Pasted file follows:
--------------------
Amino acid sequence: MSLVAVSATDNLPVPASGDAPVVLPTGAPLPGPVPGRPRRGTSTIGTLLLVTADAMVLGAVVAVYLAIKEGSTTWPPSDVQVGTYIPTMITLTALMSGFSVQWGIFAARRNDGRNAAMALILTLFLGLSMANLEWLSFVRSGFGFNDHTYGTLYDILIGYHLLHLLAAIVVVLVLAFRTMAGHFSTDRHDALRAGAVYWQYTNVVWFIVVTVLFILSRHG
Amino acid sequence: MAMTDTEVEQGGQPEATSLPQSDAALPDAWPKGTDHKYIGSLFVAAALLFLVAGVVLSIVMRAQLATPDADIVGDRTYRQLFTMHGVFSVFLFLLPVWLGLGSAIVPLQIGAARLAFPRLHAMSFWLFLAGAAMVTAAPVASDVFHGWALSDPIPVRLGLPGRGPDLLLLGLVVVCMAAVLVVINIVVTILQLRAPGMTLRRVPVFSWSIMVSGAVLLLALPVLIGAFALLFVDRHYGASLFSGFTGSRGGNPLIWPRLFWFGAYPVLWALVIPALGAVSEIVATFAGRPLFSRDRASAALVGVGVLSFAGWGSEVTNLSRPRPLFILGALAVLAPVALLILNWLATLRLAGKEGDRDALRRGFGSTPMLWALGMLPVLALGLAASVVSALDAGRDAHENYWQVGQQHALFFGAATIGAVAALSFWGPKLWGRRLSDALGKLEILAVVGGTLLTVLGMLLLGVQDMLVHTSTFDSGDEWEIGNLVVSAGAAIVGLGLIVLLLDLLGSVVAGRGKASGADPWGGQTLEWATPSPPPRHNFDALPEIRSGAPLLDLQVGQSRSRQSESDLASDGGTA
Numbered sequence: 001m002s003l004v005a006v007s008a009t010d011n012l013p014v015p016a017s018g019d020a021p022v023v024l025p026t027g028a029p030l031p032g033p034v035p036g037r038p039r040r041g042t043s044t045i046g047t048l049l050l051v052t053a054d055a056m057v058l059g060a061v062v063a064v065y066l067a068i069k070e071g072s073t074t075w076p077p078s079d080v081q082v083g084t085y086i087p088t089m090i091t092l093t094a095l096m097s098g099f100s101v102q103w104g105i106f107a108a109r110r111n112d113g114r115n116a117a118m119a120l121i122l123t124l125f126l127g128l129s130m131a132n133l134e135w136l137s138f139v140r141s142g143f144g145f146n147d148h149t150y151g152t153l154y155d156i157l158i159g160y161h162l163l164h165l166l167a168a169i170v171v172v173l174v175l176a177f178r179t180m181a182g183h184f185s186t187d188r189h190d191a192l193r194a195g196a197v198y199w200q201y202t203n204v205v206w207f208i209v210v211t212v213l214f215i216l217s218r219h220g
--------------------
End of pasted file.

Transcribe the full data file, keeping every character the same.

Amino acid sequence: MSLVAVSATDNLPVPASGDAPVVLPTGAPLPGPVPGRPRRGTSTIGTLLLVTADAMVLGAVVAVYLAIKEGSTTWPPSDVQVGTYIPTMITLTALMSGFSVQWGIFAARRNDGRNAAMALILTLFLGLSMANLEWLSFVRSGFGFNDHTYGTLYDILIGYHLLHLLAAIVVVLVLAFRTMAGHFSTDRHDALRAGAVYWQYTNVVWFIVVTVLFILSRHG
Amino acid sequence: MAMTDTEVEQGGQPEATSLPQSDAALPDAWPKGTDHKYIGSLFVAAALLFLVAGVVLSIVMRAQLATPDADIVGDRTYRQLFTMHGVFSVFLFLLPVWLGLGSAIVPLQIGAARLAFPRLHAMSFWLFLAGAAMVTAAPVASDVFHGWALSDPIPVRLGLPGRGPDLLLLGLVVVCMAAVLVVINIVVTILQLRAPGMTLRRVPVFSWSIMVSGAVLLLALPVLIGAFALLFVDRHYGASLFSGFTGSRGGNPLIWPRLFWFGAYPVLWALVIPALGAVSEIVATFAGRPLFSRDRASAALVGVGVLSFAGWGSEVTNLSRPRPLFILGALAVLAPVALLILNWLATLRLAGKEGDRDALRRGFGSTPMLWALGMLPVLALGLAASVVSALDAGRDAHENYWQVGQQHALFFGAATIGAVAALSFWGPKLWGRRLSDALGKLEILAVVGGTLLTVLGMLLLGVQDMLVHTSTFDSGDEWEIGNLVVSAGAAIVGLGLIVLLLDLLGSVVAGRGKASGADPWGGQTLEWATPSPPPRHNFDALPEIRSGAPLLDLQVGQSRSRQSESDLASDGGTA
Numbered sequence: 001m002s003l004v005a006v007s008a009t010d011n012l013p014v015p016a017s018g019d020a021p022v023v024l025p026t027g028a029p030l031p032g033p034v035p036g037r038p039r040r041g042t043s044t045i046g047t048l049l050l051v052t053a054d055a056m057v058l059g060a061v062v063a064v065y066l067a068i069k070e071g072s073t074t075w076p077p078s079d080v081q082v083g084t085y086i087p088t089m090i091t092l093t094a095l096m097s098g099f100s101v102q103w104g105i106f107a108a109r110r111n112d113g114r115n116a117a118m119a120l121i122l123t124l125f126l127g128l129s130m131a132n133l134e135w136l137s138f139v140r141s142g143f144g145f146n147d148h149t150y151g152t153l154y155d156i157l158i159g160y161h162l163l164h165l166l167a168a169i170v171v172v173l174v175l176a177f178r179t180m181a182g183h184f185s186t187d188r189h190d191a192l193r194a195g196a197v198y199w200q201y202t203n204v205v206w207f208i209v210v211t212v213l214f215i216l217s218r219h220g